Application modernization can deliver great benefits in areas like finance and operations, but it also presents some serious risks. If something goes wrong during a modernization initiative, the entire project could be derailed. This not only deprives the business of the goals it seeks to achieve through modernization, but also could lead to a loss of the time and money spent in pursuit of it.
Cloud teams must manage the risks associated with app modernization in a systematic way. Discover the four most common risks, as well as how to manage them.
Common application modernization risks
The risks associated with application modernization come in many forms, and in fact, the inability to predict exactly what might go wrong is part of what makes modernization projects so risky. It's kind of like disaster recovery planning: If you knew ahead of time exactly which type of disaster you might face, planning for it would be a lot simpler. But you can't, which is why you need to plan for a wide array of unpredictable risks.
In the context of application modernization planning, many risks tend to fall into four main categories: financial, operational, staffing, and security and compliance. Build in resilience against most types of risks that could send a project sideways by factoring each of these categories into modernization plans.
Financial risks. Financial risks result from the chance that the budget for a modernization project doesn't align with reality. For example, if it ends up taking twice as long as anticipated to overhaul an application's codebase, you'll have a much higher cost associated with developer effort. Or migrating data for a modernized application from on premises to the cloud could cost more than you had predicted.
Operational risks. Operational risks emerge from trouble predicting the operational requirements of modernization. For example, a project requires the involvement of more engineers than expected. This affects other business initiatives because fewer engineers are available to support them.
Staffing risks. It is possible that the current staff isn't able to support a modernization initiative fully because they lack the necessary skills with the technologies you are using. This can happen due to inaccurate assessment of your staff's current abilities, as well as inaccurate predictions of which technologies the project will require.
Security and compliance risks. Because modernization efforts transform applications, the project can create new security and compliance challenges. For instance, you might need to migrate sensitive data from a legacy app to the cloud. This requires you to configure a new type of access control system, like your cloud provider's identity and access management service, to protect the data. Additionally, the increase in architectural complexity that often results from overhauling legacy applications creates new security challenges.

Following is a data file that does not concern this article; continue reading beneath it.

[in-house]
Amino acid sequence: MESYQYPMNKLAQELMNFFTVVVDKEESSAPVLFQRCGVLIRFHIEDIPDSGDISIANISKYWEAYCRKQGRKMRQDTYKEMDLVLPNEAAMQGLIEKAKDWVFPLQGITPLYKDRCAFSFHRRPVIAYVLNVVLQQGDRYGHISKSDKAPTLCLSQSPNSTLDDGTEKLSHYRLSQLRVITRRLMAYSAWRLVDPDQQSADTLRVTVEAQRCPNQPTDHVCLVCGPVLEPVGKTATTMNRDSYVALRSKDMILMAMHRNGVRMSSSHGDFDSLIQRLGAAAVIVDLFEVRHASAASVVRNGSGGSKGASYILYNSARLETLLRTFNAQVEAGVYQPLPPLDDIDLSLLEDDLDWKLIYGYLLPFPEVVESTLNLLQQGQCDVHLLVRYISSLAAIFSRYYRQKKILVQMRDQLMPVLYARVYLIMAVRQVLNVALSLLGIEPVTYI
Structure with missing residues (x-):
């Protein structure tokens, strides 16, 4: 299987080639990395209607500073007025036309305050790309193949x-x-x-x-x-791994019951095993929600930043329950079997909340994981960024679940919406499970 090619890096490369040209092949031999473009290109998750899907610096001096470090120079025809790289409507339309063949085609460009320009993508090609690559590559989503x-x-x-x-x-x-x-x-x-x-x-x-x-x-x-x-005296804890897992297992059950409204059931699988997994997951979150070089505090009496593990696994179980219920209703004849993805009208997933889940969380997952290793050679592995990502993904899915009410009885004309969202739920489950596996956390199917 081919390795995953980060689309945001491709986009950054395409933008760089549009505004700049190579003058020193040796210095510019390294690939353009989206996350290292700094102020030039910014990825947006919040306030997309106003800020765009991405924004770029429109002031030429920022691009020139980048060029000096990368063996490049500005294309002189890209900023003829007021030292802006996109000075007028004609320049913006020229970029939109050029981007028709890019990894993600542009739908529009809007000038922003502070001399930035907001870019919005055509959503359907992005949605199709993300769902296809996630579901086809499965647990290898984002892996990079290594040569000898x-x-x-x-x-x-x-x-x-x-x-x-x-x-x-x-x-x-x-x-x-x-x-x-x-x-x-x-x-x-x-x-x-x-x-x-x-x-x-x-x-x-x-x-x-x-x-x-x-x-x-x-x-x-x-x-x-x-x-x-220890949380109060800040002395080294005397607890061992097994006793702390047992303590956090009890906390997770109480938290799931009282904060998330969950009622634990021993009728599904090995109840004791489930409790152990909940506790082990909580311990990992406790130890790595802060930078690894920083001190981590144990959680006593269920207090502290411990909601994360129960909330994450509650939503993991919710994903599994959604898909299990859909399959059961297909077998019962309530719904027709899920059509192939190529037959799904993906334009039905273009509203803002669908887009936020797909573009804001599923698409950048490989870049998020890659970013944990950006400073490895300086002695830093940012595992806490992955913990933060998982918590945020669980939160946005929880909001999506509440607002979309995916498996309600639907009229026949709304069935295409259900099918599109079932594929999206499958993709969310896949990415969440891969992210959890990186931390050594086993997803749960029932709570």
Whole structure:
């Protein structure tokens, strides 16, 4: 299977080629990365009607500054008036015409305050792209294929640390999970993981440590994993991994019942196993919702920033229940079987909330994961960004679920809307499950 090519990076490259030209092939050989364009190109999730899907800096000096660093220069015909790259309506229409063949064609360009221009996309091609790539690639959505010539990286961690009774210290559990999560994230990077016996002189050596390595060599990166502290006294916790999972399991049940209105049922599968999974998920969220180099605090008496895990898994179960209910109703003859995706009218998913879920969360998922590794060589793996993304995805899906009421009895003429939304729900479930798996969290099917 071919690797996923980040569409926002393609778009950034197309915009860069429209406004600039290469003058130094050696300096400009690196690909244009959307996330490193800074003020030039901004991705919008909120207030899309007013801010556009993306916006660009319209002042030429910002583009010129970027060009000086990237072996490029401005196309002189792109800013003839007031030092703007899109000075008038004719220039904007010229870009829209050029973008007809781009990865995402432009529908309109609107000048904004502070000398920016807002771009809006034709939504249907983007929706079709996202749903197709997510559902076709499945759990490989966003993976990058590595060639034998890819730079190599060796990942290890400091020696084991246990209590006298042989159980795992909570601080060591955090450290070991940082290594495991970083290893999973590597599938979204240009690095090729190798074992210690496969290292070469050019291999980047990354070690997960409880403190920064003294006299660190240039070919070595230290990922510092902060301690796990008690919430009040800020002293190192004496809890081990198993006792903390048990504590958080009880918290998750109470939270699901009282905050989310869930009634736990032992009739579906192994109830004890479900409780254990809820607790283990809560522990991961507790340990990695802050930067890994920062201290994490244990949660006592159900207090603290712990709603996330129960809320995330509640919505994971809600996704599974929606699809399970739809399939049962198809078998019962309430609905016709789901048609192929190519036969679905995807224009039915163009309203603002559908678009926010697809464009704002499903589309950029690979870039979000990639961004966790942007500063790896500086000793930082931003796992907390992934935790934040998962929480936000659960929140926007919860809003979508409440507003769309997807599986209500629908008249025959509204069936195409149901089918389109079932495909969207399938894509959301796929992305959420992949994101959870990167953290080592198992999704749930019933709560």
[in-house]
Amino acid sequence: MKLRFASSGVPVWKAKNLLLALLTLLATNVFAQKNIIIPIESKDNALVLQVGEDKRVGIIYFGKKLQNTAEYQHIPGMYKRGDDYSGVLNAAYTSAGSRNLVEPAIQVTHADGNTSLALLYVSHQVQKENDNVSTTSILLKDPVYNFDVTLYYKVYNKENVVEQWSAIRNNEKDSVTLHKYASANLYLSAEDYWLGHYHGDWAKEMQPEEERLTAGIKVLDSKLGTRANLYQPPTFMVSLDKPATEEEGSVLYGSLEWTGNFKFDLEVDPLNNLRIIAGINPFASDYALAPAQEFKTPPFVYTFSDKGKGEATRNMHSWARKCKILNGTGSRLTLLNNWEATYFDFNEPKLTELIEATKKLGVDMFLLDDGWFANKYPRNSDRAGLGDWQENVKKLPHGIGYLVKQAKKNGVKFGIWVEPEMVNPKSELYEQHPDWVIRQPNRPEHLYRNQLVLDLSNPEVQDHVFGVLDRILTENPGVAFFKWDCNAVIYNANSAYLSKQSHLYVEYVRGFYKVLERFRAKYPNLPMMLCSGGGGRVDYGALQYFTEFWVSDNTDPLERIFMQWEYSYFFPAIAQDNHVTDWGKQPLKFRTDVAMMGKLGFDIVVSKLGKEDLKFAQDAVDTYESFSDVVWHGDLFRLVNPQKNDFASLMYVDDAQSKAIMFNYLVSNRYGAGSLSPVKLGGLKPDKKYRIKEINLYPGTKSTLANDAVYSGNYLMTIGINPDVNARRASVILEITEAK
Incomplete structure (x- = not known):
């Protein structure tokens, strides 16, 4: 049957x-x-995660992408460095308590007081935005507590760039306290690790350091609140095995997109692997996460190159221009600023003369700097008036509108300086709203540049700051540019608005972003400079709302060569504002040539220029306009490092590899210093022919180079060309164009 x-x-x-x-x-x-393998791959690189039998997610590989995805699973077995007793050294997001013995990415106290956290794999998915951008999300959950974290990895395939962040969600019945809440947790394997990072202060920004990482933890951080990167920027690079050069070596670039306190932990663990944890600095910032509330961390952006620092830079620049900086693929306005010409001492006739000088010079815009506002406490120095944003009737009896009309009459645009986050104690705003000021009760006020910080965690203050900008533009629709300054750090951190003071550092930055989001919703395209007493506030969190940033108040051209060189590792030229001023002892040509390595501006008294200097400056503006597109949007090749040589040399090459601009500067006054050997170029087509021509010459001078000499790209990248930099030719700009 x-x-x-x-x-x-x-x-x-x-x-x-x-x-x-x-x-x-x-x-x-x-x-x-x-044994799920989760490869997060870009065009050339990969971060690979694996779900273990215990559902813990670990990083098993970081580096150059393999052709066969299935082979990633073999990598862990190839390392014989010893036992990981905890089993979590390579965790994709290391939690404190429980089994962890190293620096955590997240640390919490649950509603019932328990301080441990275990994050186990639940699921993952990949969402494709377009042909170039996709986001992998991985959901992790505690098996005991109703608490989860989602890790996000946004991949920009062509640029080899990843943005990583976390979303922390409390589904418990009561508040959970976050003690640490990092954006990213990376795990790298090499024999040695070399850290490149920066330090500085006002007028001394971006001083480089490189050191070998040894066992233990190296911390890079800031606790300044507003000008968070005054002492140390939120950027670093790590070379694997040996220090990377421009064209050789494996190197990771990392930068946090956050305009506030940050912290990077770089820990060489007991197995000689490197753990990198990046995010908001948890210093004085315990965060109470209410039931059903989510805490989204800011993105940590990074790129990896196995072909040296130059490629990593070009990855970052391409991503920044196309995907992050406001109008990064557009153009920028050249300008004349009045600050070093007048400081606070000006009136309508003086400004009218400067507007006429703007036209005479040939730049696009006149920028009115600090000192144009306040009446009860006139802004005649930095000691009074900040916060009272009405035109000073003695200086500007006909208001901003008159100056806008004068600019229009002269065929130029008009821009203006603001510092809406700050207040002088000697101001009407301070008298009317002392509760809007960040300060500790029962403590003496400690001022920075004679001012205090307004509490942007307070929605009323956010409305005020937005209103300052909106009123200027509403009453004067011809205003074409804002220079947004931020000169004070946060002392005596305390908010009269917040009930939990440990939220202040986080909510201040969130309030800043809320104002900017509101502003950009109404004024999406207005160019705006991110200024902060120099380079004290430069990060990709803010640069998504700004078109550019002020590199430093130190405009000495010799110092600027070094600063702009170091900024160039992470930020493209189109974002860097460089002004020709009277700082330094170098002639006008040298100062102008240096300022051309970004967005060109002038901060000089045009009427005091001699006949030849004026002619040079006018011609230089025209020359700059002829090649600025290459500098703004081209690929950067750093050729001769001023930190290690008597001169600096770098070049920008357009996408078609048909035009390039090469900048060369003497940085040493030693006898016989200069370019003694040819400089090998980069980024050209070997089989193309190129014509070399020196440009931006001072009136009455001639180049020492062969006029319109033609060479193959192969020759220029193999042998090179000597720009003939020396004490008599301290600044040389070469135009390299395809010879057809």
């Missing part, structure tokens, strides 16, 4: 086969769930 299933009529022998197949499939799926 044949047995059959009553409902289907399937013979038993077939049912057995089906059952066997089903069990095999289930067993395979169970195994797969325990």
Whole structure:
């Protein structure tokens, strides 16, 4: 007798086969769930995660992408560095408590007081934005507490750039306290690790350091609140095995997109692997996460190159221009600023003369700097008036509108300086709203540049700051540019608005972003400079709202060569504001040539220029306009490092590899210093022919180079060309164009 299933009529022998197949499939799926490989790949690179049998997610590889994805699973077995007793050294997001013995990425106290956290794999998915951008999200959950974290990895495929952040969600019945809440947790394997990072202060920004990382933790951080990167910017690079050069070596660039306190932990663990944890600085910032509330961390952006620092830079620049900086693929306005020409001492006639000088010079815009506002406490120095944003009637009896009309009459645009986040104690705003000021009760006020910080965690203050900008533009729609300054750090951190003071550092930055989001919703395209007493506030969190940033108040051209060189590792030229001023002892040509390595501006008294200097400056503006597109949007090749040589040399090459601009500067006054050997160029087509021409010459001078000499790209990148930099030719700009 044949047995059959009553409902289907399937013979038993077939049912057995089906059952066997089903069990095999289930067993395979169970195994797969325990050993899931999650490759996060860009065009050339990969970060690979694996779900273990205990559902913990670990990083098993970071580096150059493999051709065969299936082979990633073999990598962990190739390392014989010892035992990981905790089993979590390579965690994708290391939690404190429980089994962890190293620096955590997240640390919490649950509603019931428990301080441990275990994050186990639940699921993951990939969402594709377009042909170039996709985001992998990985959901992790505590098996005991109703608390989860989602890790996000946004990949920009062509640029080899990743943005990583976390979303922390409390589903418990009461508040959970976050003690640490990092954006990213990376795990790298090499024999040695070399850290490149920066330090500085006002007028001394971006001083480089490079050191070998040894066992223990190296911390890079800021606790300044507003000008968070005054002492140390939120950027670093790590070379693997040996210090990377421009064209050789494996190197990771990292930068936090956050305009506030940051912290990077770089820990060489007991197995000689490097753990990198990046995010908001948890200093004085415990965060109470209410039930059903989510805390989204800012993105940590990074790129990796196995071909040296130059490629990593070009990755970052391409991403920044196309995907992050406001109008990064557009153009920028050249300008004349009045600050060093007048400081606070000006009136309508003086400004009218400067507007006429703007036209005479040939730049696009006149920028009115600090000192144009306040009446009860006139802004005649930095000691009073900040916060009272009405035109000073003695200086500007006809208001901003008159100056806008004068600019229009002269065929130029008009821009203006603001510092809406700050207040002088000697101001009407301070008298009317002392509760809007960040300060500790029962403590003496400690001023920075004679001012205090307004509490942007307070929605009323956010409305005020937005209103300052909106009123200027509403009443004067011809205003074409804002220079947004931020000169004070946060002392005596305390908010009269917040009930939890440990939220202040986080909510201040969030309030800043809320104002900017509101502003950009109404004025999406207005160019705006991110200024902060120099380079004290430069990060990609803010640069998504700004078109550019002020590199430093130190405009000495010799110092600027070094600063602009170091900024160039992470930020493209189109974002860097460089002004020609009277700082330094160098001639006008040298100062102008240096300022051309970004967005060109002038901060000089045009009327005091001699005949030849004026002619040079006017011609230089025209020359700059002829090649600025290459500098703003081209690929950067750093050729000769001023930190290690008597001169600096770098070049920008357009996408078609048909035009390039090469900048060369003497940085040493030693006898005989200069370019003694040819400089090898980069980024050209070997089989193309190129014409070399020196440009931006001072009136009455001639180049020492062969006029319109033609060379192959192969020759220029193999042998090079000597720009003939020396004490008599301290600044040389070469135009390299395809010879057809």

How to manage application modernization risk
The key to managing and mitigating the risks of application modernization is having a plan that enables you to anticipate the financial, operational, staffing, and security and compliance requirements of your project accurately. Allocate the necessary resources ahead of time to avoid surprises. Best practices for formulating such a plan include the following:
- Set specific goals. Avoid targeting generic goals for app modernization, such as to take advantage of the cloud. Instead, set goals that are as specific as possible, such as using a multi-cloud architecture to reduce hosting costs for X, Y and Z apps. The more specific the goal, the lower the risk that you overlook or fail to anticipate important requirements.
- Align technologies with goals. Establish specific modernization goals to help you choose the right technologies to support those goals. There are many ways to modernize an app, but if you lack clear guidance about which specific technologies to choose, you run a higher risk of ending up with a project that goes sideways.
- Involve all stakeholders. Application modernization planning should involve nontechnical stakeholders, as well as IT staff. Nontechnical users often understand how applications will be used better than engineers. Incorporating their perspective helps avoid blind spots during planning.
- Factor in a margin of error. Some amount of divergence between what you expect to happen and what happens during modernization is inevitable. To avoid surprises, factor a margin of error into plans, and allocate resources for supporting it. While the size of the margin depends on how complex the project is and how much risk you can handle, 10% is a healthy baseline. For example, if you estimate that a project will take 10 months or cost $100,000 to complete, budget 11 months and $110,000 to give your teams a buffer.